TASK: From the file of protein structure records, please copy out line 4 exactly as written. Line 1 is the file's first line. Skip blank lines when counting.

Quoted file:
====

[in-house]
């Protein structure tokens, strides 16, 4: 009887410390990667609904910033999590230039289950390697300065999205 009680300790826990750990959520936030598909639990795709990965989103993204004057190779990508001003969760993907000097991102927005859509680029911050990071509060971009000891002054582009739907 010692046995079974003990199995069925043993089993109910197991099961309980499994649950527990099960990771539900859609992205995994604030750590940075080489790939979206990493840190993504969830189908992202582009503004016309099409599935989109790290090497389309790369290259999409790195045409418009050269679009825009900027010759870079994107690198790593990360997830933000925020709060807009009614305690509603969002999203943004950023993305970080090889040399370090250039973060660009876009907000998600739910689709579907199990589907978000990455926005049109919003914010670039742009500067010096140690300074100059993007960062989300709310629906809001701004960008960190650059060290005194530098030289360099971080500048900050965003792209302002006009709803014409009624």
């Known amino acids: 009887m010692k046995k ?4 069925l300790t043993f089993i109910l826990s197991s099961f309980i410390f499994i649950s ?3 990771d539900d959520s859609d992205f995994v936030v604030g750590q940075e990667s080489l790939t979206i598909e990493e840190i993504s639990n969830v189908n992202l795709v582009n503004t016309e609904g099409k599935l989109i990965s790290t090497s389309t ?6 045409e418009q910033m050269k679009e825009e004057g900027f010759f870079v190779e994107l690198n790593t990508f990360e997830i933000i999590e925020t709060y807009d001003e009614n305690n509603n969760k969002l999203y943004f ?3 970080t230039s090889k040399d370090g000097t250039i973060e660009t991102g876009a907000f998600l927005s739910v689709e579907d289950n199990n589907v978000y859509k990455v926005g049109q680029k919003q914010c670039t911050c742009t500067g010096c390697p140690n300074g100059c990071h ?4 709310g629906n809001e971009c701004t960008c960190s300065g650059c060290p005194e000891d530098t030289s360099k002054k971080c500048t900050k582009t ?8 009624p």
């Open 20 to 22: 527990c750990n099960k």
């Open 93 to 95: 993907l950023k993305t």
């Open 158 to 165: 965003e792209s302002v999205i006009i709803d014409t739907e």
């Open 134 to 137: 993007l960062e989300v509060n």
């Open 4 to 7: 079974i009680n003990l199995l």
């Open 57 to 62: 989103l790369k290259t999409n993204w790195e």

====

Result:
């Open 20 to 22: 527990c750990n099960k």